(MENAFN - Arab News) Egypt's vice president resigned from his post on Saturday, saying he wanted to quit last month but had only stayed on to help President Mohamed Mursi tackle a political crisis.
State television also reported that Egypt's Central Bank chief resigned on Saturday, only to cite a cabinet source later denying that he had stepped down.
Mahmoud Mekky, a well-known judge before he took the post, played a leading role in hosting "national unity" talks called by Mursi, although the main opposition politicians stayed away.
Mekky previously said he would step down once a new constitution being put to a vote was approved, as the post of vice president was not outlined in the charter. He had also said he was not privy to Mursi's decree on Nov. 22 to expand his powers that sparked crisis.
In a letter by Mekky that was sent out by the presidency, he said he had worked hard for the nation in his post but that he had "realized for some time that the nature of political work did not suit his professional background as a judge."
He said he had first submitted his resignation on Nov. 7, but it was postponed when Egypt was acting as mediator to try to reach a truce deal in Gaza and then because of other demands, such as helping to organize the "national dialogue."
That dialogue aimed at resolving a row with the opposition over Mursi's extra powers and his decision to fast-track the constitution drafted by an Islamist-dominated assembly to a vote.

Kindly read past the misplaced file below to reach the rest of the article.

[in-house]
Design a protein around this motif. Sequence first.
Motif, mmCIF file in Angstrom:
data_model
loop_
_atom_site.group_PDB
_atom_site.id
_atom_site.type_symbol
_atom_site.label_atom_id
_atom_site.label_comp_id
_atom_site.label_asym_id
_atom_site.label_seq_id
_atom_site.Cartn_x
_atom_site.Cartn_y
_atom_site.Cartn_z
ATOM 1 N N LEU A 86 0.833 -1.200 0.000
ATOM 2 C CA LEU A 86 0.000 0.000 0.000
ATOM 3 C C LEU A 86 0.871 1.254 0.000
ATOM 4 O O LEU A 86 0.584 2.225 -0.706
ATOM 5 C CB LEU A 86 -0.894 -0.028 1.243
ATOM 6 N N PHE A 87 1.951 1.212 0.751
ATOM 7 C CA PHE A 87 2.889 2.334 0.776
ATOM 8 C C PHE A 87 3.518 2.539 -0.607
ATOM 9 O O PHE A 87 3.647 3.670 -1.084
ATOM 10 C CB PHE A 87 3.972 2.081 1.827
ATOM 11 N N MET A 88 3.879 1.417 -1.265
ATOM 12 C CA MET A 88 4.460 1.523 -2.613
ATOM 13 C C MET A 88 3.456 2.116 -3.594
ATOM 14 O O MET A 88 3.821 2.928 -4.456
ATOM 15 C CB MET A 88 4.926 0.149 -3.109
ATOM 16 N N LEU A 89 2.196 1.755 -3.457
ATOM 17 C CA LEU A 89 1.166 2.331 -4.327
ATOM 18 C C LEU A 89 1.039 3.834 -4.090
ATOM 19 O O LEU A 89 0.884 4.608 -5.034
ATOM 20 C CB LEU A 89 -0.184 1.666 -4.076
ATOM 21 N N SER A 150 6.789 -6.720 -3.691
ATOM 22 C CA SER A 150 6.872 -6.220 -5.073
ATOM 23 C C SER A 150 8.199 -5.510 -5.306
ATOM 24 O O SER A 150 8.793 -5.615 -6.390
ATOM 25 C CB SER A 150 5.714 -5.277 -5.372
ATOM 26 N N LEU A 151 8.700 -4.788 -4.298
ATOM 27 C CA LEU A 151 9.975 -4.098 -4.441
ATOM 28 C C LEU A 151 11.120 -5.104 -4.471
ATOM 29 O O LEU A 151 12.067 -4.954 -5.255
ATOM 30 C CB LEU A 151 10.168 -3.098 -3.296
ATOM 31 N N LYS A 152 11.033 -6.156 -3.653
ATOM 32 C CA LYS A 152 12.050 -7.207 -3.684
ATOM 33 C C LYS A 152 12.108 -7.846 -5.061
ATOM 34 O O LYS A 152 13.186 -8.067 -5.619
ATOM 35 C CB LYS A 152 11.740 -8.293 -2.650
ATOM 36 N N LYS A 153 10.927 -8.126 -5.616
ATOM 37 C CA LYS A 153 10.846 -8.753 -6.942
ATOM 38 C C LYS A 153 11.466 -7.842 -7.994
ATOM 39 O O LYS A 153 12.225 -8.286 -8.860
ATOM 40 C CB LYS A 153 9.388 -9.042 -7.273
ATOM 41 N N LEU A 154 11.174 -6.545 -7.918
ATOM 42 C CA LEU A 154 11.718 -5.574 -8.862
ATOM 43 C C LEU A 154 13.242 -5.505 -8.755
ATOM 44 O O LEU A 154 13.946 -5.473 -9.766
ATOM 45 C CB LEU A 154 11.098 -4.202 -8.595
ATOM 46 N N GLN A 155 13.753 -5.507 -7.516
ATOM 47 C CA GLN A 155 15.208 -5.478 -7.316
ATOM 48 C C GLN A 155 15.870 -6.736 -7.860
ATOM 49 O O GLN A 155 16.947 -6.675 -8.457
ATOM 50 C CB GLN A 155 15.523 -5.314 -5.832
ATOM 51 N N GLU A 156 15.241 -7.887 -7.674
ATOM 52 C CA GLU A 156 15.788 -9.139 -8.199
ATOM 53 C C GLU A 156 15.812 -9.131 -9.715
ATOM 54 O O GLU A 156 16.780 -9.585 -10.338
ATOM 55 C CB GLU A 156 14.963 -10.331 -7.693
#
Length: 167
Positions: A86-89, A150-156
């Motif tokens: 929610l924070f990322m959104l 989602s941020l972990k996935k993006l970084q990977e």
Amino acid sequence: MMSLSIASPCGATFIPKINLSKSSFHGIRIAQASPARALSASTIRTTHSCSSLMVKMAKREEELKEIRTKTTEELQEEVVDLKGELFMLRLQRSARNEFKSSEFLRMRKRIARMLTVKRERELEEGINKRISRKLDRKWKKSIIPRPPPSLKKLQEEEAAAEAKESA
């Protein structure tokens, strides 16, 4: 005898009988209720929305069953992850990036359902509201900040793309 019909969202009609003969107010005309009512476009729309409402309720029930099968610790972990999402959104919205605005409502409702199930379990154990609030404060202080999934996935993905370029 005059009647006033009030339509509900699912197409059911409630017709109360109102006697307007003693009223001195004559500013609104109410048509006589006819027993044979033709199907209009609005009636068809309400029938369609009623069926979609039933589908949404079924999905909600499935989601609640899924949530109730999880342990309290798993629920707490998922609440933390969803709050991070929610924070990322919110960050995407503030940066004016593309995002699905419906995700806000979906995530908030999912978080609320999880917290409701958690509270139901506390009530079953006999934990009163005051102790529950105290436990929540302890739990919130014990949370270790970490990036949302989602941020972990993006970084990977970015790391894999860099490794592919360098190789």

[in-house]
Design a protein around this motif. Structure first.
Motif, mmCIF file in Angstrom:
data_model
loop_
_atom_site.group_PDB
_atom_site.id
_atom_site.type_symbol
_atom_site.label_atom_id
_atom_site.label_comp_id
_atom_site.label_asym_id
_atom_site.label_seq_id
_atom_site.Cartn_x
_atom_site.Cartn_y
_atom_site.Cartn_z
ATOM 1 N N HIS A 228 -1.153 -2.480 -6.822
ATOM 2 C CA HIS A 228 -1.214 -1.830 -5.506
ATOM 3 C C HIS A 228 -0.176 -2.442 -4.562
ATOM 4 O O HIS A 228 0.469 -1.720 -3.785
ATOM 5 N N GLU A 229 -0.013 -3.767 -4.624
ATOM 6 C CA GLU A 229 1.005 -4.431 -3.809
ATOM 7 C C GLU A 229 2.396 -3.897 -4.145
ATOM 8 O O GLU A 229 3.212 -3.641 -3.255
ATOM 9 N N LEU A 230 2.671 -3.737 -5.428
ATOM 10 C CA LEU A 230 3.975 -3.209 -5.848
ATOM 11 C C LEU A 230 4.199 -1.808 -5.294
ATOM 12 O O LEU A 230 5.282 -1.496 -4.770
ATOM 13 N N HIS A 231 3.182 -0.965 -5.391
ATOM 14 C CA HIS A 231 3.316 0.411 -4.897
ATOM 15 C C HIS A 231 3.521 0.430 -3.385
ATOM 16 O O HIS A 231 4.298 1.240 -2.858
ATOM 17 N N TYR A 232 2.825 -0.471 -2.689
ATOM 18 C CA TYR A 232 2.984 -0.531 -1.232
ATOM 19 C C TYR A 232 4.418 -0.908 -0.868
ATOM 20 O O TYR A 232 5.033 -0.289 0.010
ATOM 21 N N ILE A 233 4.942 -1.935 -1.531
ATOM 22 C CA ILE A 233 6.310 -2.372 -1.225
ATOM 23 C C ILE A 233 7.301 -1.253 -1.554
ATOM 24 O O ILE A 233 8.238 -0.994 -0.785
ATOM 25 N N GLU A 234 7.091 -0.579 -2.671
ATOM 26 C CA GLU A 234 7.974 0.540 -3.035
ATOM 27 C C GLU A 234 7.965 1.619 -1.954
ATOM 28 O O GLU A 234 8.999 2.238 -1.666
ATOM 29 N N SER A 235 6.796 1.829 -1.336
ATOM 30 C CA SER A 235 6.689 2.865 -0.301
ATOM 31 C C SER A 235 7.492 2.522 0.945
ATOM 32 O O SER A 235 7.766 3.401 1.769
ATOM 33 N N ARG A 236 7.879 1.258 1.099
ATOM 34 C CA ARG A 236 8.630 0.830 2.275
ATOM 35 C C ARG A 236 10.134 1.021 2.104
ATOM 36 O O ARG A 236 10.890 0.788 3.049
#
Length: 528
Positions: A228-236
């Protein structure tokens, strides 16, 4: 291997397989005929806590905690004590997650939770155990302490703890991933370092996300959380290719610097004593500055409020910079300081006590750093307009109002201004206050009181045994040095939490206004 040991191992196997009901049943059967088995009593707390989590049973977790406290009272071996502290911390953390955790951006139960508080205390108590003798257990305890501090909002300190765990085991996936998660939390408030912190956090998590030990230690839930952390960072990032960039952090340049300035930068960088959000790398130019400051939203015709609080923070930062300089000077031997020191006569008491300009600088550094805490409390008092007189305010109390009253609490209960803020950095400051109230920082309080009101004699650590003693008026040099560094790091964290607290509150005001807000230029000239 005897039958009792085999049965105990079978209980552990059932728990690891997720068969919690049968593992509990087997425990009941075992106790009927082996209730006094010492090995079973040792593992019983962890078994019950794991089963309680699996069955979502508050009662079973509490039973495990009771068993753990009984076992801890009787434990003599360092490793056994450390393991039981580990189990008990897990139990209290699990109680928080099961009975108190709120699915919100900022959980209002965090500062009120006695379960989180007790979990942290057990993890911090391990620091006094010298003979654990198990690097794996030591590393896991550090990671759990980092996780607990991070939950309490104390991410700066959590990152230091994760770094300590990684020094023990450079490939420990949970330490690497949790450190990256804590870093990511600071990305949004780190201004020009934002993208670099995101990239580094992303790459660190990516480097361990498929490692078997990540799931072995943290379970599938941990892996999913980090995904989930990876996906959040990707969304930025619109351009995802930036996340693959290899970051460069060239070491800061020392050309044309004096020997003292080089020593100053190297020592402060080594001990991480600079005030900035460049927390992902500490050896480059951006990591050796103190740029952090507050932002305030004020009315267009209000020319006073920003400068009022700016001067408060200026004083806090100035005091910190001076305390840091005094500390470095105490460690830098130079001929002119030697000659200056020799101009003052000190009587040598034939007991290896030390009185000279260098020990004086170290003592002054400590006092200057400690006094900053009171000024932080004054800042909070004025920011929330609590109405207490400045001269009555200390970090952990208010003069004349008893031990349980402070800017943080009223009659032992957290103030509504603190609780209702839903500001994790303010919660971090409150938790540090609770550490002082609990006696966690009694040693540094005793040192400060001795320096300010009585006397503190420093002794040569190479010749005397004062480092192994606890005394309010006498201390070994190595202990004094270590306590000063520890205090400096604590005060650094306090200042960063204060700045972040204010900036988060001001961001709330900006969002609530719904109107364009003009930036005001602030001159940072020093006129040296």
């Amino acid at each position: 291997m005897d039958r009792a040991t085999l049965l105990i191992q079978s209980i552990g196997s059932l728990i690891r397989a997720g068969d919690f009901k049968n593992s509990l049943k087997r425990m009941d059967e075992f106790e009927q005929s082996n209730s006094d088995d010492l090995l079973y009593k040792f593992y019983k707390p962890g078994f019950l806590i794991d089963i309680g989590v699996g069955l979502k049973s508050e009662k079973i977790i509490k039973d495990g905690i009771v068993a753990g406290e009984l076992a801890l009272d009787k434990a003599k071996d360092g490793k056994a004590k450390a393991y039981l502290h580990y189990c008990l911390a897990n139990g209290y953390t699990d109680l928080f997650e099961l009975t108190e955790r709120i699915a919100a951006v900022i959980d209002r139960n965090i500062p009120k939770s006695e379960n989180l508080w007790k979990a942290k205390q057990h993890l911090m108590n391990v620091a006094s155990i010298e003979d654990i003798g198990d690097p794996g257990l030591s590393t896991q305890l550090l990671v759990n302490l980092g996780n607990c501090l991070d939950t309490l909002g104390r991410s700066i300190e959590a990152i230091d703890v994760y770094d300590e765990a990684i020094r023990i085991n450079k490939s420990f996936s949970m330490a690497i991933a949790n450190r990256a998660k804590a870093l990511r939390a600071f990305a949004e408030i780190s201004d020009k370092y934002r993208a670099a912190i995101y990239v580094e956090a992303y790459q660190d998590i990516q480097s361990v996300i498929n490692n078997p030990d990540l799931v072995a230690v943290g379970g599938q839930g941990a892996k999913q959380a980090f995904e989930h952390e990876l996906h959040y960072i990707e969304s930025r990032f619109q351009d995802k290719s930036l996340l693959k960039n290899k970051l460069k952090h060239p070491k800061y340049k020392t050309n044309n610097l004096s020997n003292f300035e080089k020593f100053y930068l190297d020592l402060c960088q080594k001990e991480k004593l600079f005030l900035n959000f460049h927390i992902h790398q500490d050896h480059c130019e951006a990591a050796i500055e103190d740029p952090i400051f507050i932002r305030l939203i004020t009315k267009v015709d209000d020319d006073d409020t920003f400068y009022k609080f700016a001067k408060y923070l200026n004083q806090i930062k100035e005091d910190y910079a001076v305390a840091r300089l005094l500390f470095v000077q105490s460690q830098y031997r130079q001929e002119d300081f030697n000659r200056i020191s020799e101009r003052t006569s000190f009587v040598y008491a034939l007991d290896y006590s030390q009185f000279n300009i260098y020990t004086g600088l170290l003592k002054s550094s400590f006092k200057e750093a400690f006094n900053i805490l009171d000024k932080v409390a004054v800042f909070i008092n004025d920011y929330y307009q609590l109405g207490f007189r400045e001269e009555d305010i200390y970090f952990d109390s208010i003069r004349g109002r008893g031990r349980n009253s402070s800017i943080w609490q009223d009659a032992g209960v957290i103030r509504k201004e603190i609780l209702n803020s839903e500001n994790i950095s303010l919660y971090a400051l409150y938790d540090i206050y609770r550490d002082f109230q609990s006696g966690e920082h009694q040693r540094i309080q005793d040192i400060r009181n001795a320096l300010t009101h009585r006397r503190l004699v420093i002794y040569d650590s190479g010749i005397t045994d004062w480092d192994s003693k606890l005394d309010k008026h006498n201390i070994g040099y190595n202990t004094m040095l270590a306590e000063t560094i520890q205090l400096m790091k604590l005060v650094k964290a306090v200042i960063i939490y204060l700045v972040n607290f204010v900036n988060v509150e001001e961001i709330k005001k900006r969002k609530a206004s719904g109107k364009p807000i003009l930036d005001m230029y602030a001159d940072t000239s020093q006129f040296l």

In final remarks, Mekky said he had worked hard for the "interests of the nation" and wished continued success to Mursi, who was propelled to power by the Muslim Brotherhood.
Mekky was a leading member of a group of independent judges that started campaigning during the last year's of Hosni Mubarak's rule, when he was jailed for speaking out against election rigging.
Central bank chief
The report on Faruq El-Okda resignation came after days of speculation that he would resign for health reasons.
State television reported that Okda, the bank's head since 2003, might be replaced by his former deputy, Hisham Ramez.
The conflicting reports come amid economic turmoil in the country, which has seen its currency reserves dwindle and foreign investment shrink two years after an uprising overthrew president Hosni Mubarak.
An IMF loan expected to boost the economy has also been delayed as Mubarak's successor Muhammad Mursi battles a renascent opposition movement that has resorted to mass rallies to put pressure on the Islamist leader.